When discussing why so much of his work focuses on family, photographer Brian Van Lau tells us that “I think my interest mainly lies in the longing of it, the desire for understanding it, finding it, processing it in different ways”. And, as opposed to viewing his practice as a form of “documentation”, Brian views it as “more of a therapeutic process for finding my role within the family as a son, as a partner, as a parental stand-in”.
This exploration of familial roles and dynamics is beautifully explored through Brian’s series, We’re Just Here for the Bad Guys, the second instalment of “a sort of pseudo-trilogy”.We’re Just Here for the Bad Guys, is a project that Brian explains to be both borne out of the archives and the last two months he spent with his father before he passed away from brain cancer in 2020. But, the project was initially conceived as a project Brian’s father requested to “document his journey through illness and his eventual recovery”. With this shifting focus, the project was given a new pertinence and Brian tells us that, after his fathers death, he “began to look at the pictures almost as an attempt of answering and piecing together the ambiguities still left in his wake and the lack of emotional closure we had”. And, later on, he continues to state how “this became more of a question of and reflection on the relationship between my father and I, one of mutual interpersonal grievances, and a practically Outoborian cycle of shame and alienation”.
Born in Honolulu, Brian’s relationship with photography began quite typically, taking pictures of friends and day-to-day life. It was when Brian later came across his mothers 4x6 drugstore prints of when he was first born, and she and his father began dating, which pushed him to “think about photography not just as a diary, but as a selective narrative through archiving”. Since then, Brian has found himself particularly drawn to work that “sits in-between documentary and conceptual fine arts, while leaning on images that feel more poetic and emotionally charged by nature”. Naming a few such projects, Brian lands on McNair Evans’ Confessions for a Son, Eli Durst’s The Community and Mimi Plumb’s Landfall.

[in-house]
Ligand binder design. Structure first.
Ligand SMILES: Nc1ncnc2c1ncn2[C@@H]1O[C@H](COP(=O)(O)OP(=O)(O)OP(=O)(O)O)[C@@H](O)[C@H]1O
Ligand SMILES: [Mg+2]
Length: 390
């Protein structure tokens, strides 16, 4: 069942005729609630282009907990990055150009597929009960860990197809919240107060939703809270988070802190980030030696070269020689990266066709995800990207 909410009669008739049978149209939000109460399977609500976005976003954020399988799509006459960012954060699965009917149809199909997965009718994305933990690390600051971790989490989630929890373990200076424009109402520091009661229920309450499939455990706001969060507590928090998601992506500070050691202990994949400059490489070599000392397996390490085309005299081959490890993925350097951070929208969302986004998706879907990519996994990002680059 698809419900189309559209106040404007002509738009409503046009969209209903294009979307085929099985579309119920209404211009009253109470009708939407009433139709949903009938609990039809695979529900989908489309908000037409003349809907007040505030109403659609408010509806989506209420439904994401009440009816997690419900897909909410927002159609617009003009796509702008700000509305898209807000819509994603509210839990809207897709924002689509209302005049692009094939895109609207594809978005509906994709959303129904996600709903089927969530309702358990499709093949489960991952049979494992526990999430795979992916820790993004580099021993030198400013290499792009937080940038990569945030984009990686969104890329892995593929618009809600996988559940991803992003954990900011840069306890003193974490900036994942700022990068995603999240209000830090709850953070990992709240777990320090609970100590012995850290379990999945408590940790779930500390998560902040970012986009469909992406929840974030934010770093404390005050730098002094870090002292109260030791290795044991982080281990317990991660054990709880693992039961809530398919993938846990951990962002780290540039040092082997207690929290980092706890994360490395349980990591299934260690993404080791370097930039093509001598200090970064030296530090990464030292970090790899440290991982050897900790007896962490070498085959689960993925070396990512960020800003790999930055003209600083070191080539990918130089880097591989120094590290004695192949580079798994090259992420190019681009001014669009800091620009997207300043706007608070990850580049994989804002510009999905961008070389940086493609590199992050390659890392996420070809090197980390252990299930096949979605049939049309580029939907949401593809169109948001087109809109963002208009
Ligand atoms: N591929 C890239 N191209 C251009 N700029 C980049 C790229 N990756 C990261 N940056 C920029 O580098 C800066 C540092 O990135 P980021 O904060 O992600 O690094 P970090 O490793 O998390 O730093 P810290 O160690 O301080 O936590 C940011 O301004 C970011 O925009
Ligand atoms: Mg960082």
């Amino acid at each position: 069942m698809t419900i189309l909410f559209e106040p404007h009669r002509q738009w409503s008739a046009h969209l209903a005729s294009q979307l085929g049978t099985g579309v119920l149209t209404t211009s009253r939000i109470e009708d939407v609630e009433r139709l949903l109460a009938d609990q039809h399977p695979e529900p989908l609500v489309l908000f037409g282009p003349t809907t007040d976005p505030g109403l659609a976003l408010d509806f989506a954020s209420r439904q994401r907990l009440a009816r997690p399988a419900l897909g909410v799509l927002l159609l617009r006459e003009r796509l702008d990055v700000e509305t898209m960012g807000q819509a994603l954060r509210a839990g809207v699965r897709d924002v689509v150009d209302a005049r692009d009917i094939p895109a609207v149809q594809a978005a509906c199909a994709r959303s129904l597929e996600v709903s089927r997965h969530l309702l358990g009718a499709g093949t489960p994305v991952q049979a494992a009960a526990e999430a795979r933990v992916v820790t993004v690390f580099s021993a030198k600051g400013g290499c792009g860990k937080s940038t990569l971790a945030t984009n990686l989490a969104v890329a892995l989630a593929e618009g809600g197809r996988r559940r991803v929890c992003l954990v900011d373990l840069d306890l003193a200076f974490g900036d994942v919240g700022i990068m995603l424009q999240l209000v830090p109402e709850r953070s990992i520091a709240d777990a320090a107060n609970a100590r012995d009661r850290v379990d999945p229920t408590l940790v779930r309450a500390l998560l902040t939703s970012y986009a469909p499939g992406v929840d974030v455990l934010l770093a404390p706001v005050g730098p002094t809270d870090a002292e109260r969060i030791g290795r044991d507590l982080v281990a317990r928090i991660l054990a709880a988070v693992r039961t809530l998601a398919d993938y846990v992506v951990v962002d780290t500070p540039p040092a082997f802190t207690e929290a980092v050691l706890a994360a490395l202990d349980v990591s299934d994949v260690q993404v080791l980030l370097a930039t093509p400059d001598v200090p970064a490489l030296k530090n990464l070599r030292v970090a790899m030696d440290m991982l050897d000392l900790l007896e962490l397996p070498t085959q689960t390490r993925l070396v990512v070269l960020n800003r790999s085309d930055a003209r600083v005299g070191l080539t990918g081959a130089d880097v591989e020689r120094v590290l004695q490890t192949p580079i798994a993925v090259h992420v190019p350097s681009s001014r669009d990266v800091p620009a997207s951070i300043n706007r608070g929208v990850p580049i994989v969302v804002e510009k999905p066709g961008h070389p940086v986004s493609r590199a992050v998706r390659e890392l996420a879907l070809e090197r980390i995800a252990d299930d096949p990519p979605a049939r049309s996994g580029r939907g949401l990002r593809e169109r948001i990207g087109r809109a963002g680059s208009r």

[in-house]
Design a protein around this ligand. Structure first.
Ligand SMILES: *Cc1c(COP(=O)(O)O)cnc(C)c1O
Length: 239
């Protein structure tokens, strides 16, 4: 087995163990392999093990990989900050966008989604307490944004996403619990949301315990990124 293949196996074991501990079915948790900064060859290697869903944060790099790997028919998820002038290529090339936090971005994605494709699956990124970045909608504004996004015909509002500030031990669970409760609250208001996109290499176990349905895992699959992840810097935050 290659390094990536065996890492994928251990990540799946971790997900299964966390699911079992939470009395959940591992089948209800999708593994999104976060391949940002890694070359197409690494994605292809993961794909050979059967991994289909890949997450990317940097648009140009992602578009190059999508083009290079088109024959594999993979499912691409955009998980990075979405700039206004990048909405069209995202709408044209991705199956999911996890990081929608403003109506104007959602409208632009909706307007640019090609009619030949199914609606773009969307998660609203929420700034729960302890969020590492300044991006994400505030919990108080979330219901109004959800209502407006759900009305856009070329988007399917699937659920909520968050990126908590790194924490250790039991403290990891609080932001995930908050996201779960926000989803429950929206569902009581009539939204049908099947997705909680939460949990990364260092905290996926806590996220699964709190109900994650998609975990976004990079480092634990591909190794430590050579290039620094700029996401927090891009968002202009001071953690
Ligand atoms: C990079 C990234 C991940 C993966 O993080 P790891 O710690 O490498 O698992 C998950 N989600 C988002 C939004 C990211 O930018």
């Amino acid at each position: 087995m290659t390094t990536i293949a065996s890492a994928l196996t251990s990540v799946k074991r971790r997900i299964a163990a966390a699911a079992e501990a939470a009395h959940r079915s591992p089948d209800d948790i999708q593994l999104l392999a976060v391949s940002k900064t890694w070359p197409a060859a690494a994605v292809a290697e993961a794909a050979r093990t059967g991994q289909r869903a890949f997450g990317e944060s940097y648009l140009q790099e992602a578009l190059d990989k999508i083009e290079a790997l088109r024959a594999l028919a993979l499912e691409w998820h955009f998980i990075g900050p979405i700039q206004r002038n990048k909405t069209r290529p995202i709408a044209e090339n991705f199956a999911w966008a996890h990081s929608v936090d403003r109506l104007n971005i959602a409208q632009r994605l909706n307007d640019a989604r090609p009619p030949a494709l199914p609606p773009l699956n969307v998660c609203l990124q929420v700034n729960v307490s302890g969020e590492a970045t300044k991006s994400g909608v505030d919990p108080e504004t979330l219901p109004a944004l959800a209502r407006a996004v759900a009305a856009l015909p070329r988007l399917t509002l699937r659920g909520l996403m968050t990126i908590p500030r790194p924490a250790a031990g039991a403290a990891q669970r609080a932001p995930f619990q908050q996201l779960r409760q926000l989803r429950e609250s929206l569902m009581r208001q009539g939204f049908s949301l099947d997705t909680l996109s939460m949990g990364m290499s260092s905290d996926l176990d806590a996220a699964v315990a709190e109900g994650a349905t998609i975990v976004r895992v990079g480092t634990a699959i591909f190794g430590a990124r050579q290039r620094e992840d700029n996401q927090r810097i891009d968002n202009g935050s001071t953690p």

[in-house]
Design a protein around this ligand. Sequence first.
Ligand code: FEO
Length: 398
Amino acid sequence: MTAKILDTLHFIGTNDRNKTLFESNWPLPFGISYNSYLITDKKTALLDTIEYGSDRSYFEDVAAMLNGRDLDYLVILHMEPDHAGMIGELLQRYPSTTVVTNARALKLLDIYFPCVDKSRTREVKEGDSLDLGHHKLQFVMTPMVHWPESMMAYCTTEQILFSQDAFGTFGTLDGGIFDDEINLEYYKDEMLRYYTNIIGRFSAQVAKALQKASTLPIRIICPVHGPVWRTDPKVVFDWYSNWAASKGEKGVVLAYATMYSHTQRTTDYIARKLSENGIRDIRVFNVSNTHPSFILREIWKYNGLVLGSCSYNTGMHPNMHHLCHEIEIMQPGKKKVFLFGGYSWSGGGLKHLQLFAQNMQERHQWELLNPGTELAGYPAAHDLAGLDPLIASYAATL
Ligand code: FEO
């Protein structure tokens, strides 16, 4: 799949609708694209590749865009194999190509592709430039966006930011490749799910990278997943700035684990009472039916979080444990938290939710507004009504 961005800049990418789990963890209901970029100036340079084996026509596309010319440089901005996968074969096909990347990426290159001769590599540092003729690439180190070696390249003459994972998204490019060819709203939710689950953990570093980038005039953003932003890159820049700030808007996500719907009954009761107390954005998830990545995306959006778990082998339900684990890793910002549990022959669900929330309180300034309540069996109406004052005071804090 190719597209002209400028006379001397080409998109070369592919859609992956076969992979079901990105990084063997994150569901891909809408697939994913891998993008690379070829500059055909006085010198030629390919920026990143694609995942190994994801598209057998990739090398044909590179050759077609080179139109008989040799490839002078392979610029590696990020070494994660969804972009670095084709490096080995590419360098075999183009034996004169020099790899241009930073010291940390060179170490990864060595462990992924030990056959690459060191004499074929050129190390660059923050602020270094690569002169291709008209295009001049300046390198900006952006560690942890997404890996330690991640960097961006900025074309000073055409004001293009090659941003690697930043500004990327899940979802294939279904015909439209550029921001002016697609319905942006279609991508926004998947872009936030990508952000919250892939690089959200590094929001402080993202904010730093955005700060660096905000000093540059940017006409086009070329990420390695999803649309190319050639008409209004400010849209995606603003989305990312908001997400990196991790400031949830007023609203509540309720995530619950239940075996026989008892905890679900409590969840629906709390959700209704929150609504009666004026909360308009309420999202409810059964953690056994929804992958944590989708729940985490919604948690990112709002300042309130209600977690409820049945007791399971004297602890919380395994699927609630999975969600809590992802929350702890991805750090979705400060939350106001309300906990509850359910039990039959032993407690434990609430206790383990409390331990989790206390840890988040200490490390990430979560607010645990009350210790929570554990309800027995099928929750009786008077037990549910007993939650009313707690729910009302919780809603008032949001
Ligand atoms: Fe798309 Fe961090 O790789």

Upon viewing these projects, you can see how they have served as aesthetic inspiration to Brian; atmospheric, unstaged, black and white photography that crafts a subtle narrative without telling the viewer too much. Interestingly, however, Brian tells us that some of his aesthetic choices were not purposeful. “The choice to shoot on medium format film was more of a budgetary and practical choice, along with the use of flash; especially in the pictures of my father. The images aren’t staged and they document the process of hospitalisation and the fall out from the surgery, where natural lighting isn’t always available or practical because of the limited time I had with him.”
But, whilst Brian may not have had control of some of the aesthetic variables, he worked within very strict parameters to produce the sense of atmosphere and address key themes. One choice Brian made was to not include images of the Vietnamese landscape and culture, and to instead lean upon American depictions, so as to “more fluidly stitch the pictures together”. This decision, Brian elaborates, is “both to deliberately focus on the space contained by my Dad’s illness and an unconscious play deception of rejection or shame of Asian-ness”. Concluding his thoughts on the series, Brian says that “I don’t think the story is just about my late father, and not explicitly about the process of terminal illness either”. Instead, he finishes, “I see it as the evidence that either leans towards catharsis or entrapment, almost like a divorce proceeding in a way.”
GalleryBrian Van Lau: We’re Just Here for the Bad Guys (Copyright @ Brian Van Lau, 2022)
Brian Van Lau: We’re Just Here for the Bad Guys (Copyright @ Brian Van Lau, 2022)
About the Author
Olivia joined the It’s Nice That team as an editorial assistant in November 2021. A graduate of the University of Edinburgh with a degree in English literature and history, she’s particularly interested in illustration, photography, ceramic design and platforming creativity from the north of England.